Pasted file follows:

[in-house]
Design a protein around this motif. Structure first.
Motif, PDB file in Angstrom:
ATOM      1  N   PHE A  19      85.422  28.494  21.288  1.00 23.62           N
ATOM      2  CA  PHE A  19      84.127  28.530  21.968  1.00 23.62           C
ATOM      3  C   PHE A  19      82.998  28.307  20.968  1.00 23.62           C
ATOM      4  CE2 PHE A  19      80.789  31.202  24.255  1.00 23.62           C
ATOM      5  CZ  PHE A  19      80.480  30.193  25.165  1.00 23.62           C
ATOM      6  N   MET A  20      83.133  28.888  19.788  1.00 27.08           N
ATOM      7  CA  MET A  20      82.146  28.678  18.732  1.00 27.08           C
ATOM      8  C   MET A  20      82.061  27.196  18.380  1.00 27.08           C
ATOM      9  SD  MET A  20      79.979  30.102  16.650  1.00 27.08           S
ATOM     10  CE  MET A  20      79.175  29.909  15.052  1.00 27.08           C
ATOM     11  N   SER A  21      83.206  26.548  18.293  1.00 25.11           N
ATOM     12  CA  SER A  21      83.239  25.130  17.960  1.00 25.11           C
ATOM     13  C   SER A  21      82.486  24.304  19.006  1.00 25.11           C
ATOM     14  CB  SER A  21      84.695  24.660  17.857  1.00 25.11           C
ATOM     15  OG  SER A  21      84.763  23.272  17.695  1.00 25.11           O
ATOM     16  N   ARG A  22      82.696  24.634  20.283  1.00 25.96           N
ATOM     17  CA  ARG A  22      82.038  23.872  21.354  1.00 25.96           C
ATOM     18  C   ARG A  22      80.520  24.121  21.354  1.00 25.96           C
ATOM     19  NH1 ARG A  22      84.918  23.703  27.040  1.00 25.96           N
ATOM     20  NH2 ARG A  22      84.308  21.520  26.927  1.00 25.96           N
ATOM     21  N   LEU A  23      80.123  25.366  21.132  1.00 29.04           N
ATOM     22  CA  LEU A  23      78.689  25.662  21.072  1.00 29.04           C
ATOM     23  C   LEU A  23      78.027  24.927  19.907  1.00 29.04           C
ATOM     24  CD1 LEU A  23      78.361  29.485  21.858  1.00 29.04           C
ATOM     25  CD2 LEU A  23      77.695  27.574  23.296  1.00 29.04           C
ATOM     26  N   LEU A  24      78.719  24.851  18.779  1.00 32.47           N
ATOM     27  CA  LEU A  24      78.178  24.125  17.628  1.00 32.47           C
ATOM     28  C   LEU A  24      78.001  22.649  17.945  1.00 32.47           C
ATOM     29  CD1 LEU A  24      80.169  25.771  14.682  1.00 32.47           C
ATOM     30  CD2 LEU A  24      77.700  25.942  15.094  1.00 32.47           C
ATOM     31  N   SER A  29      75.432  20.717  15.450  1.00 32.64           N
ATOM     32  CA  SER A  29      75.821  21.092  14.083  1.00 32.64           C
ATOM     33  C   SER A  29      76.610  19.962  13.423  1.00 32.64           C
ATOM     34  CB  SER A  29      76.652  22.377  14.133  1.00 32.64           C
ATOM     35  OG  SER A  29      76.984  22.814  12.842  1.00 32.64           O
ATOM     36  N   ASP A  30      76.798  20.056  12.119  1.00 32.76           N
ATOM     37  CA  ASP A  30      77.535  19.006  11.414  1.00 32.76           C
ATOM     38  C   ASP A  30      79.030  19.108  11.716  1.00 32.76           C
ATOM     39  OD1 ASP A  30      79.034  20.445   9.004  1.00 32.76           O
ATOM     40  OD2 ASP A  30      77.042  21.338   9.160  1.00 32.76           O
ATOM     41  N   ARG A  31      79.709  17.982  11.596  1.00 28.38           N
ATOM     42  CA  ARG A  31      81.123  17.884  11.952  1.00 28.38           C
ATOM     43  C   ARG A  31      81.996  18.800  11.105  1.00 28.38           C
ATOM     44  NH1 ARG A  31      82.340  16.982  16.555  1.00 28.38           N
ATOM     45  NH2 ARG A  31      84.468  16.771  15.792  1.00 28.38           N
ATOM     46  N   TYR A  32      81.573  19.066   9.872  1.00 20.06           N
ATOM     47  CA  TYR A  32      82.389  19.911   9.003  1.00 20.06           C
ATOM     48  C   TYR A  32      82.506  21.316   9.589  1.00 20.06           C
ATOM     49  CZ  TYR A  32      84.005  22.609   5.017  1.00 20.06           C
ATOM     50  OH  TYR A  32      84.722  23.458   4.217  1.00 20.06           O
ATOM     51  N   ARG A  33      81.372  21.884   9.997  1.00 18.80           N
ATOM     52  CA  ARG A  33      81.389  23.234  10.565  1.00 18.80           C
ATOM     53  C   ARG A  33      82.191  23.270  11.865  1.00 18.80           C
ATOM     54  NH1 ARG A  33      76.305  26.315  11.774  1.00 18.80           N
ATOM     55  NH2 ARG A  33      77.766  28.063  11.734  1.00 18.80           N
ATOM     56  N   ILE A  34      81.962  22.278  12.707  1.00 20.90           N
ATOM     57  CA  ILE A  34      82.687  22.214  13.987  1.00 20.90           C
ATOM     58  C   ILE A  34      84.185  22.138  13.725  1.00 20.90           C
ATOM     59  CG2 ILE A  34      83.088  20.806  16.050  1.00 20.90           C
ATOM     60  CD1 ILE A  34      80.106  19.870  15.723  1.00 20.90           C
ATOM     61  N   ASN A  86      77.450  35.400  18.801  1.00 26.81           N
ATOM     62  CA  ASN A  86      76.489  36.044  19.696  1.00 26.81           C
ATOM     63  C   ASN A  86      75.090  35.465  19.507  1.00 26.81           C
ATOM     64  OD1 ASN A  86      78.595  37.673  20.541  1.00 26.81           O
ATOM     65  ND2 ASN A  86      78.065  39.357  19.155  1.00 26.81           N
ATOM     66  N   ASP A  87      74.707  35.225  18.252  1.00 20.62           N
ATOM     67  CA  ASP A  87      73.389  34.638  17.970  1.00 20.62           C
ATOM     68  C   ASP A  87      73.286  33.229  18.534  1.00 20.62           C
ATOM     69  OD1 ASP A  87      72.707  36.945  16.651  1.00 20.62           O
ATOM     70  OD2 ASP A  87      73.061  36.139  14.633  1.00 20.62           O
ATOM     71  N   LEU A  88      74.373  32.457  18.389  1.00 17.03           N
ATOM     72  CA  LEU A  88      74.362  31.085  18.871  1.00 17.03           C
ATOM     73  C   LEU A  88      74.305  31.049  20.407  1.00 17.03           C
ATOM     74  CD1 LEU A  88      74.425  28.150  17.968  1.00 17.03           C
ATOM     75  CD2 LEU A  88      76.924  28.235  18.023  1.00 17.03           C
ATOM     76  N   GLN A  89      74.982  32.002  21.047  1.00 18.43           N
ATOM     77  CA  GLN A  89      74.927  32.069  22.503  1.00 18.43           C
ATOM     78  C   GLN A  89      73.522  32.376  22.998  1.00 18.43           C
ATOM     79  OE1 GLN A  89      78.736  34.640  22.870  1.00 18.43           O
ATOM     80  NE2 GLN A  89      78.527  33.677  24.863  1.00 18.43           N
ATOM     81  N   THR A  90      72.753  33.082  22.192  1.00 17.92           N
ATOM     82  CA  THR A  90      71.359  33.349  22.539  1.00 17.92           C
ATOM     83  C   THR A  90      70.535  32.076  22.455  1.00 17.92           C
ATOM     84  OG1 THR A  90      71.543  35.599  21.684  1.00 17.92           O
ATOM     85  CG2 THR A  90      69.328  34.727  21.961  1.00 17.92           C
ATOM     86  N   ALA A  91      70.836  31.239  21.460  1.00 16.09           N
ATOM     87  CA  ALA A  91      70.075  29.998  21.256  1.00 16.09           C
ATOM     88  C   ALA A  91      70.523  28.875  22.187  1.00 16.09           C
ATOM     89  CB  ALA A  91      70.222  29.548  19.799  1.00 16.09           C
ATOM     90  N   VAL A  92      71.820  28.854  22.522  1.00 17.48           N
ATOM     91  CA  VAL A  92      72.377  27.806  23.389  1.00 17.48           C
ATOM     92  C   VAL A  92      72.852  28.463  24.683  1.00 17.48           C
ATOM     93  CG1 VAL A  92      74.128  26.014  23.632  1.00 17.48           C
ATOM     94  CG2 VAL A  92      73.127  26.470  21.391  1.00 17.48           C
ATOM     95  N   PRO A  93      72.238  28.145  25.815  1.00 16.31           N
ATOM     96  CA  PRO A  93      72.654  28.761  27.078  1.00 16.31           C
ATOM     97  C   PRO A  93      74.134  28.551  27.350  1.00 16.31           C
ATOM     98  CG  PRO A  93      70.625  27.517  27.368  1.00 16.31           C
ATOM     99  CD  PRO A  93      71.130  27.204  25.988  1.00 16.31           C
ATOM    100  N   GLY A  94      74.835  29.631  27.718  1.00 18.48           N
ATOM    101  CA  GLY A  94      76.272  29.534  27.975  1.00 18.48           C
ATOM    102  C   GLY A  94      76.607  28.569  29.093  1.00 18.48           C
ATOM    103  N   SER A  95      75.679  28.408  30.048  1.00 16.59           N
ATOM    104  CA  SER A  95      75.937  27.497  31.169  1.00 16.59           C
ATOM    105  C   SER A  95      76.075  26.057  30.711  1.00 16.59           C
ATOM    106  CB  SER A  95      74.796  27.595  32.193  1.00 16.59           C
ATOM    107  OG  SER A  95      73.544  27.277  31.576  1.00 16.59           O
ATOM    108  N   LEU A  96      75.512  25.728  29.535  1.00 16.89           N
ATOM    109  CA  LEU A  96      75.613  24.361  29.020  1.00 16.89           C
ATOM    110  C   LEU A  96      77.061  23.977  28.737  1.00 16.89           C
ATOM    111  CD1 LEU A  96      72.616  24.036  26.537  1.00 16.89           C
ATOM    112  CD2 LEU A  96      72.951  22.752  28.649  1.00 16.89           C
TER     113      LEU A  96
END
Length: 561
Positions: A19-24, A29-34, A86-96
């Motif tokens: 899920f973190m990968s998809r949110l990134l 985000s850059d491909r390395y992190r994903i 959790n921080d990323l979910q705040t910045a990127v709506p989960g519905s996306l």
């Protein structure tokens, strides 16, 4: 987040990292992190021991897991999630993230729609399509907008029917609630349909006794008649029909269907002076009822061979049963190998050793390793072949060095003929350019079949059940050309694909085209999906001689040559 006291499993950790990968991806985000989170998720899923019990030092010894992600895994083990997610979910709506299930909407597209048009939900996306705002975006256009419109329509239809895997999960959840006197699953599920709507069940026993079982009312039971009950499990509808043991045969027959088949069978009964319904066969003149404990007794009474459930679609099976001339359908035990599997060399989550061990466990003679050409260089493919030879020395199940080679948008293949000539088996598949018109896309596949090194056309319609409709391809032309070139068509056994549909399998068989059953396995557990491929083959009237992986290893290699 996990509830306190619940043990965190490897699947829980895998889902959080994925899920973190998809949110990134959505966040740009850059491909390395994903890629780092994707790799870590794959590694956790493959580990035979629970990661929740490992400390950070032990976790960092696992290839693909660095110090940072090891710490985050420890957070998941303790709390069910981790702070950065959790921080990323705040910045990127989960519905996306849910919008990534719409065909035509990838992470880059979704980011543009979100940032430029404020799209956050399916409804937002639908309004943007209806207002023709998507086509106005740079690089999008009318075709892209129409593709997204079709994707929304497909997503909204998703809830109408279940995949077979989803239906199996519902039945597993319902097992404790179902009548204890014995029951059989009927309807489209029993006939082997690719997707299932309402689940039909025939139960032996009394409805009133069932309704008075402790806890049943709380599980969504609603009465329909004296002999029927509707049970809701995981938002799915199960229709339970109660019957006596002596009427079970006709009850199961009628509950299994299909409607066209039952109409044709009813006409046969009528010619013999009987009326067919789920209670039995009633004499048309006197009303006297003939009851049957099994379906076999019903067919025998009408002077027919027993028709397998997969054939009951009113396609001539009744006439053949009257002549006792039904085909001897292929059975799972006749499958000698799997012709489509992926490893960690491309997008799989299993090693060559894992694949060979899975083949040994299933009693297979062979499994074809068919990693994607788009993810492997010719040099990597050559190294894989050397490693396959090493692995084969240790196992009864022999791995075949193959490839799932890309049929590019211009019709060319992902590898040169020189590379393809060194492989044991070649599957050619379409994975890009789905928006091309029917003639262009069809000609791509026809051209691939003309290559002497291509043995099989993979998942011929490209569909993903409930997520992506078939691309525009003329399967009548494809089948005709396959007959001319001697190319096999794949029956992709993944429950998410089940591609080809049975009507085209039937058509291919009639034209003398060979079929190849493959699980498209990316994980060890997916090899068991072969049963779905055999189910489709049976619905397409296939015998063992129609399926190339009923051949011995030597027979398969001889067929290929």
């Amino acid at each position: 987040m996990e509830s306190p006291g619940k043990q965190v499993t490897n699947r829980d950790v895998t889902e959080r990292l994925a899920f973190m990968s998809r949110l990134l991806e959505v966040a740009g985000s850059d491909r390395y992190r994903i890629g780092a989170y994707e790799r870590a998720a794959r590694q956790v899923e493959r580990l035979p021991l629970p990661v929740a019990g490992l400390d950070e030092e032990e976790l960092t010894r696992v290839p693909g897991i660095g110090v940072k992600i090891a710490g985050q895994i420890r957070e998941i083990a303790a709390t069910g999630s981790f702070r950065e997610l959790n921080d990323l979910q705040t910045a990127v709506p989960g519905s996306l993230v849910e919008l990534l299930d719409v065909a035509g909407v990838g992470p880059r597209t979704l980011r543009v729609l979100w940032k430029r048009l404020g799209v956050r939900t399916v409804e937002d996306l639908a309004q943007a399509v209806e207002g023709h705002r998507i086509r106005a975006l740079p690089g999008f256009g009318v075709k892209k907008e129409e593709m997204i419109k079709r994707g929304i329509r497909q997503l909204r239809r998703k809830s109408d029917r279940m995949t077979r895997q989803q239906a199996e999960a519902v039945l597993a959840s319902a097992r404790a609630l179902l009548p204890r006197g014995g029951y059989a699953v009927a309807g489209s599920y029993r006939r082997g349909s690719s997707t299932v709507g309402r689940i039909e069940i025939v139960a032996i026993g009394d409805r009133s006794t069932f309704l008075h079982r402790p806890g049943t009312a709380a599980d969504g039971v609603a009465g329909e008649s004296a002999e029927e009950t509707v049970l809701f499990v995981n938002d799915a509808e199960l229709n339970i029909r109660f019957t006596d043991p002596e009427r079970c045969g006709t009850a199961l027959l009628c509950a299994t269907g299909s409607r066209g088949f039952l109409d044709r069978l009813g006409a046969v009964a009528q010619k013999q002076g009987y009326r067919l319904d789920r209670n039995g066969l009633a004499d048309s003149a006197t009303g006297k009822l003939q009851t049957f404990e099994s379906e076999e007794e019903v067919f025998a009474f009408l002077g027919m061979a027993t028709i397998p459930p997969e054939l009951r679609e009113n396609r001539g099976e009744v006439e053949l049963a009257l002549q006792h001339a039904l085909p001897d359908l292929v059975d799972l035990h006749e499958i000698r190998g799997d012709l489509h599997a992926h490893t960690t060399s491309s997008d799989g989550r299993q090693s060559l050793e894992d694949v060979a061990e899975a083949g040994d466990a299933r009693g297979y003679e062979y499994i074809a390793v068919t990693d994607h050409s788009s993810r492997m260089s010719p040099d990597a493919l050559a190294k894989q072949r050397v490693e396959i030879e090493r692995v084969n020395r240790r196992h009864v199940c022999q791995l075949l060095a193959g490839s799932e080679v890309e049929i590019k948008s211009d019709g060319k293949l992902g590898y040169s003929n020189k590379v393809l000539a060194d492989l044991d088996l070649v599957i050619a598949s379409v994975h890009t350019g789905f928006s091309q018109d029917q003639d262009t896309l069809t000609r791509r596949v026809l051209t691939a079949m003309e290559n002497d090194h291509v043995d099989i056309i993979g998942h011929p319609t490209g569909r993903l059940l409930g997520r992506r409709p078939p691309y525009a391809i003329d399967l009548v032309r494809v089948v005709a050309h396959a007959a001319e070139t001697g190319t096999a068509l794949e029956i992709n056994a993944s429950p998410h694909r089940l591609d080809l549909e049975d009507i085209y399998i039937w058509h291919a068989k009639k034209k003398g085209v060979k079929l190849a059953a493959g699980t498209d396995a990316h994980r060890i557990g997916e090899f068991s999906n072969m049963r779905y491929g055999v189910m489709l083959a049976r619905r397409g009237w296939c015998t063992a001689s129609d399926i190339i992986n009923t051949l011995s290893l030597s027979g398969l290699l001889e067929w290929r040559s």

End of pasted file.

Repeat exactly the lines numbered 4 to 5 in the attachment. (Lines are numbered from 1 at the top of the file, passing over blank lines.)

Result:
ATOM      1  N   PHE A  19      85.422  28.494  21.288  1.00 23.62           N
ATOM      2  CA  PHE A  19      84.127  28.530  21.968  1.00 23.62           C